Words from Greg’s sister, Carol
Celebrating Greg September 21, 2018
How do you celebrate your brother’s life when you still have so much you want to share with him and he’s gone too fast, too soon, and you want to say to him, “No! Not ok! We were supposed to grow old together!”
But then you let love soften your heart and maturity shake your head. You trust he has his own journey to fulfill, even though you may not like its finality or begin to comprehend it, and you honour it and him, and try to “make friends with gone”, to quote Shari Ulrich.
Greg gave so much to celebrate and it’s still sinking in how much. He was our oldest but not typical first child; he was not our dominant lead. He kind of held back, so it was easy to overlook how deep he was, how talented he was, how generously kind he was – all in his own unassuming Greg ways.
He showed up at your doorstep. He wanted to know you. He asked. He listened. He was everyone’s friend and admired and loved by many.
All the years of Jeanie’s growing up, our two families played together: My family would stay at Windsong; at Savary we’d overlap our holidays; and Greg and gang would make the trek to visit us in Merville, northern Vancouver Island, or we’d all go camping. And sometimes he’d come on his own. I loved watching him drive up our road in one of his foster cars, the roof packed to tipping point. His attitude was always, “Yah! Sure! OK, let’s do it!”
It’s not that he couldn’t afford a new car; he felt it was his responsibility to recycle and appreciate the benefits of some of the older models. He’d often go on a solo “road trip” with his books and newspapers, and probably a Slurpee. I think the RCMP knocked on his window one time while he was catching a few winks in a parking lot? He was the most responsible career and family man who never gave up his free spirit.
Obituaries notwithstanding, he wasn’t a saint. He could be stubbornly set in his ways, and I lost him for a while when I wished I hadn’t, and I never really understood why because we never really talked about it, but when he was back and in the stretch of time since, talking about it didn’t really matter because so much else did.
He was a pal, not just to me. But in the last few years he and I began to enjoy brother-sister dates and I treasured them. We met at the art gallery, went to baseball games, roamed my new hood. We loved the same things and we shared them. OMG we laughed and laughed; it runs in the family.
I have so much to thank him for. I looked up to him from earliest memory. He taught me to jive at 8: Buddy Holly had just come out. Greg swung me high in the air, over one hip, over the other, through the legs. Boy, he could dance! I was enchanted. But also, dramatically harrumphed that I wasn’t invited to his mixer in our rec room, so I snuck in anyway and hid in the dark – until banished. I forgave him, … sort of.
He leant me his lovingly oiled Spalding baseball mitt at 10 and showed me how to use it properly. That mitt could scoop any ground ball or trap a high fly, and I fell in love with baseball. We were at the same school, the old Prince of Wales on King Edward and Marguerite, he in Grade 10, I in 5. We lived right across the street and there were always baseball games in the fields. With mitt ever ready I tried to get in on them every chance I could.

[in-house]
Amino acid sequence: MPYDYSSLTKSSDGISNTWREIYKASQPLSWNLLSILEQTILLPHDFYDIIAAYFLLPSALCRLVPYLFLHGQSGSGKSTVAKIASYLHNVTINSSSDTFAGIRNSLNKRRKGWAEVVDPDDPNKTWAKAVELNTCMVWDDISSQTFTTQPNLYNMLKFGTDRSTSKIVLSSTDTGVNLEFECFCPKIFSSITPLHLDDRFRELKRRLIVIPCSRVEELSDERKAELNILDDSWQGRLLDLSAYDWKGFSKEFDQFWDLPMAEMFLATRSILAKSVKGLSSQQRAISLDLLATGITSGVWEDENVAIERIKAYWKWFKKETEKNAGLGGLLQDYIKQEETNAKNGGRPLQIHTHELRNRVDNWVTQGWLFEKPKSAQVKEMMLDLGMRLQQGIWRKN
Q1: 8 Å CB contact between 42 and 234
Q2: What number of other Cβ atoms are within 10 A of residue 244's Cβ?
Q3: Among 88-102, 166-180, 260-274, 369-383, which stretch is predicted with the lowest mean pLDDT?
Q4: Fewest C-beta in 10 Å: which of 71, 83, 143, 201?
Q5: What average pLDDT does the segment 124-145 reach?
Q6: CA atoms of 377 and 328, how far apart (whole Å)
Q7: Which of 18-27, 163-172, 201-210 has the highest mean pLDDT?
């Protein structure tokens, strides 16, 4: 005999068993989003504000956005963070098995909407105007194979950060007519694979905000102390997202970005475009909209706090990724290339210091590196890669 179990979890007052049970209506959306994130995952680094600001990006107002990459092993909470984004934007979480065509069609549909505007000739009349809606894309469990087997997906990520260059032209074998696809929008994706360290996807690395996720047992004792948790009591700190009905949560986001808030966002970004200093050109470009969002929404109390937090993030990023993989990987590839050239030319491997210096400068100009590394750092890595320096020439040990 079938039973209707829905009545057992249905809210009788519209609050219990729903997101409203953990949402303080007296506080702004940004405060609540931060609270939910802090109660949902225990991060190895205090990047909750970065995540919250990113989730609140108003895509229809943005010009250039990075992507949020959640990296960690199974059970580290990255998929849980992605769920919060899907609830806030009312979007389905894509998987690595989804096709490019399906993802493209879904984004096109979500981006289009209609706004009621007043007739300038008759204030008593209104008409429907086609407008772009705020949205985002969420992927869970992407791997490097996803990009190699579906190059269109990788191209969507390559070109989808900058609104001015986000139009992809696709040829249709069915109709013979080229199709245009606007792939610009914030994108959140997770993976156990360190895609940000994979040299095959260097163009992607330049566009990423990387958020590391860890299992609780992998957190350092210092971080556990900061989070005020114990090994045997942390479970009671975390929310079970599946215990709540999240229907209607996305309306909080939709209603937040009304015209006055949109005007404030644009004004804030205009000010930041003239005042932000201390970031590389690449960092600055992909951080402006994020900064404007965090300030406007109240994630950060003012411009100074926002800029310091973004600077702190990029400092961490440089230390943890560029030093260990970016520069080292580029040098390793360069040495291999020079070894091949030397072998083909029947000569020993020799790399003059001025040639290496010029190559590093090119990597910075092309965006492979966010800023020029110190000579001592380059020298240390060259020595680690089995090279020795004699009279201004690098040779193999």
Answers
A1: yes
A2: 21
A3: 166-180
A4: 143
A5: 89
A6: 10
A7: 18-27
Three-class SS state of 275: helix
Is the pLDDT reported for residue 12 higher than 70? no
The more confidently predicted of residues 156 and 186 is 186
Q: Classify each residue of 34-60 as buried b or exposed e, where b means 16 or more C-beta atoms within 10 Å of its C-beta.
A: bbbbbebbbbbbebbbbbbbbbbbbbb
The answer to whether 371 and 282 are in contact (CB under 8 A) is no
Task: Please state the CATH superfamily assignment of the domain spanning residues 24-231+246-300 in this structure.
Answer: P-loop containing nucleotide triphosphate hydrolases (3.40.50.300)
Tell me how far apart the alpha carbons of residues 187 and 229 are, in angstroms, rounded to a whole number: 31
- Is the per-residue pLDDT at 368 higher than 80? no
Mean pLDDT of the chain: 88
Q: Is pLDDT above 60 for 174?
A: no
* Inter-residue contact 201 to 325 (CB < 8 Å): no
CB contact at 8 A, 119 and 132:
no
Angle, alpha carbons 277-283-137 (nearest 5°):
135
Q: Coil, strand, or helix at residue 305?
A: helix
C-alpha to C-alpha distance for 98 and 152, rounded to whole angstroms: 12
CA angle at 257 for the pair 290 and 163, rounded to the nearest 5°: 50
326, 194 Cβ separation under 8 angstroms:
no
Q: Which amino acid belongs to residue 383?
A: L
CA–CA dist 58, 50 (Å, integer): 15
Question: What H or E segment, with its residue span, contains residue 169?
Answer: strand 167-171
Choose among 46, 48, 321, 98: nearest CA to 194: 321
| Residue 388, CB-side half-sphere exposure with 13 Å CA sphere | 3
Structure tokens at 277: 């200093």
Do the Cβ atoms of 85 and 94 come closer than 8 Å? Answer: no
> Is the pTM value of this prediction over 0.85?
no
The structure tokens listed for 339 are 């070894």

He made me feel like a budding Rembrandt at 16 because he loved my first oil painting of his logging boots that hangs in his home now. That was so encouraging!
Greg gave me my first camera, a sweet little Pentax SLR, and opened the wonderful world of photography for me. We both liked candid people shots. He loved sharing his knowledge and showing off his camera collection with a lecture about “real” cameras. When it died after years of service, he happily added to his collection and helped me buy another one.
He loved music and he often made me cassettes and CDs of all genres from Connie Frances to Stan Getz, because I just had to hear …
We talked books and writing skills; he was a strict editor. We were proud of his career in journalism.
Greg and I shared a commitment to contribute to a more egalitarian world – he in politics, I in education. We were the family “pinkos” who joined protest marches and wrote letters and voted Left. He cared about the little guy, the one lagging or exploited. He spoke up and stepped up.
And he was always fun. All bundled into the car one time we played “Who can name …?” on the way to our ever-expanding clan’s family Christmas party. He was winning till we discovered he was cheating with a list up his sleeve. When Jeanie dated her friend, Calvin Westbrook, in high school, 3X MVP and high school basketball record holder, Greg was over the moon and took her to every UBC tournament game they could catch, where they’d have stealth hamburgers, unmentionable to vegetarians in the family.
He was a laid-back TERRIBLE driver – and I’m ignoring millennial eye rolls – Seriously, who sits in the left lane through 3 lights and then on a green goes straight!?? And then says, “Oh, well, we’ll let the traffic go by. They’re probably in a hurry.”
His quirks made him even more lovable. He was Greg. Our big brother. Husband, father, uncle, cousin, friend.
Not yet a friend of “gone”, I’ll always be grateful for him, and we wholeheartedly celebrate all of who he was and will ever be for us.